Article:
Brazil: Lula for President? | america21

Things are looking up for Luiz Inácio Lula da Silva, the Labor Party candidate. In all polls, he is clearly ahead of the incumbent Jair Bolsonaro, who cannot yet be prematurely written off. October’s elections aren’t just about who will be Brazil’s next president, they’re about the future of democracy. The question of whether incumbent Bolsonaro will accept defeat overshadows the beginning of the election campaign.

On May 26, the election research institute Datafolha, which is considered to be very reliable, published a new poll on the presidential elections. According to this, Lula with 48 percent is well ahead of Bolsonaro, who only gets 27 percent of the votes. An election victory for Lula in the first ballot would thus be possible. The poll confirms an increasingly consolidating scenario: the presidential election boils down to a duel between Lula and Bolsonaro, with all other candidates remaining in the single digits. All attempts to find a so-called third way beyond the existing polarization are therefore likely to have failed.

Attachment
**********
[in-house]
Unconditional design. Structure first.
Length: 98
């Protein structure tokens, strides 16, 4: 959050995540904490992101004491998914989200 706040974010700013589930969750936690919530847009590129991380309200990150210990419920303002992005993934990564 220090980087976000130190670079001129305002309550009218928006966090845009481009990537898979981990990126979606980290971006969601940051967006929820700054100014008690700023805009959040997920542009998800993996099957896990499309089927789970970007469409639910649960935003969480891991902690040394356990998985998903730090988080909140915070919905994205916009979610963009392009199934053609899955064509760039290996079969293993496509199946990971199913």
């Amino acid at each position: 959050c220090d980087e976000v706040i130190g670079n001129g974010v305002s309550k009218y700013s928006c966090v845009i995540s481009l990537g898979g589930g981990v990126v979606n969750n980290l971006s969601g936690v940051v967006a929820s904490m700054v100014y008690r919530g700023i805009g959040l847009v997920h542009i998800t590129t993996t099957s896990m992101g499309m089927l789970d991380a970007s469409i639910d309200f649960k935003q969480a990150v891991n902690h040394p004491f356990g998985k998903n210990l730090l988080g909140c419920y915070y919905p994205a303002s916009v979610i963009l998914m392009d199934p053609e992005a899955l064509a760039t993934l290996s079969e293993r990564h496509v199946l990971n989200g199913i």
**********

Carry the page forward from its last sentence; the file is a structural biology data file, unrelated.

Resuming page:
In the left camp, the result of the poll was received with great relief. Because in previous polls, the gap between Lula and Bolsonaro had narrowed, and Bolsonaro was catching up. This trend has now apparently broken according to the latest results from Datafolha. It is difficult to say what caused this. It is certain that the economic development does not favor the incumbent. The economic crisis continues, inflation is constantly increasing. The official inflation rate is now 7 percent, but the consumer price index is up 12 percent. This affects the poorest in particular, and the deterioration in living conditions is noticeable.

The saddest indicator of this is the return of hunger in Brazil. A new study estimates that by 2020 around 55 percent of the Brazilian population will be food insecure, that is 116.7 million people. Of these 116.7 million, 19 million, i.e. nine percent of the total population, are affected by hunger and a further 11.5 million people without regular and secure access to food. This is a result of the Bolsonaro government’s cancellation of numerous social programs.

In any case, the poll numbers provide a tailwind for the strategy of Lula and the PT. Unlike the last election, Lula is now running with an electoral alliance that goes beyond the usual left-wing suspects. In fact, it was clear early on that the smaller left-wing parties would support Lula’s candidacy. The socialist PSOL will also support Lula in the first ballot and will not put up its own candidate. In the last presidential election in 2018, she ran with the popular Guilherme Boulos from the movement of the homeless MTST, who will now run for the federal parliament.